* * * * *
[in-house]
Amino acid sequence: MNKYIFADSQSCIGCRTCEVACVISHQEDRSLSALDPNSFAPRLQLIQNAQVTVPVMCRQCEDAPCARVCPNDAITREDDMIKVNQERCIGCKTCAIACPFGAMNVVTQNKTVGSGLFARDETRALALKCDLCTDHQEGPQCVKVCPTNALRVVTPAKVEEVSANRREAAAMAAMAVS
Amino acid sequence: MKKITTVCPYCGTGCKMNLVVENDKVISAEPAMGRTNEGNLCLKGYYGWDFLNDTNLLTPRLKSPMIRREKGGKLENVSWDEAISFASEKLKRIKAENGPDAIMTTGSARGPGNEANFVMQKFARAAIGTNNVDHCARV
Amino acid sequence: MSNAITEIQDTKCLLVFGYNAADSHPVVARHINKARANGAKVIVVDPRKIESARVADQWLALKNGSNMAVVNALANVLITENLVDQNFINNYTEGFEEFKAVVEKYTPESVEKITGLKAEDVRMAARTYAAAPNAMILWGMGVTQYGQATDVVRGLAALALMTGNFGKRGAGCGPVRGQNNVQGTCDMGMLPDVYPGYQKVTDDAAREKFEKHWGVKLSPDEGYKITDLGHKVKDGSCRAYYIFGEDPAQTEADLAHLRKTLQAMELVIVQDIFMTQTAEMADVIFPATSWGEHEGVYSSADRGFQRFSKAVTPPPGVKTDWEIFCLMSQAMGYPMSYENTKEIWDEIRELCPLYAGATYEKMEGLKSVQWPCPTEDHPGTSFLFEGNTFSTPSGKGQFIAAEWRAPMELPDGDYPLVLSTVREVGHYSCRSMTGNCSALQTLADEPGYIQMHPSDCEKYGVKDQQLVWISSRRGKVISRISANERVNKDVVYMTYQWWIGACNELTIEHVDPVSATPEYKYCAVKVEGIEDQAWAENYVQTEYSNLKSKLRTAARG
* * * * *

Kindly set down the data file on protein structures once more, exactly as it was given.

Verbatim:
[in-house]
Amino acid sequence: MNKYIFADSQSCIGCRTCEVACVISHQEDRSLSALDPNSFAPRLQLIQNAQVTVPVMCRQCEDAPCARVCPNDAITREDDMIKVNQERCIGCKTCAIACPFGAMNVVTQNKTVGSGLFARDETRALALKCDLCTDHQEGPQCVKVCPTNALRVVTPAKVEEVSANRREAAAMAAMAVS
Amino acid sequence: MKKITTVCPYCGTGCKMNLVVENDKVISAEPAMGRTNEGNLCLKGYYGWDFLNDTNLLTPRLKSPMIRREKGGKLENVSWDEAISFASEKLKRIKAENGPDAIMTTGSARGPGNEANFVMQKFARAAIGTNNVDHCARV
Amino acid sequence: MSNAITEIQDTKCLLVFGYNAADSHPVVARHINKARANGAKVIVVDPRKIESARVADQWLALKNGSNMAVVNALANVLITENLVDQNFINNYTEGFEEFKAVVEKYTPESVEKITGLKAEDVRMAARTYAAAPNAMILWGMGVTQYGQATDVVRGLAALALMTGNFGKRGAGCGPVRGQNNVQGTCDMGMLPDVYPGYQKVTDDAAREKFEKHWGVKLSPDEGYKITDLGHKVKDGSCRAYYIFGEDPAQTEADLAHLRKTLQAMELVIVQDIFMTQTAEMADVIFPATSWGEHEGVYSSADRGFQRFSKAVTPPPGVKTDWEIFCLMSQAMGYPMSYENTKEIWDEIRELCPLYAGATYEKMEGLKSVQWPCPTEDHPGTSFLFEGNTFSTPSGKGQFIAAEWRAPMELPDGDYPLVLSTVREVGHYSCRSMTGNCSALQTLADEPGYIQMHPSDCEKYGVKDQQLVWISSRRGKVISRISANERVNKDVVYMTYQWWIGACNELTIEHVDPVSATPEYKYCAVKVEGIEDQAWAENYVQTEYSNLKSKLRTAARG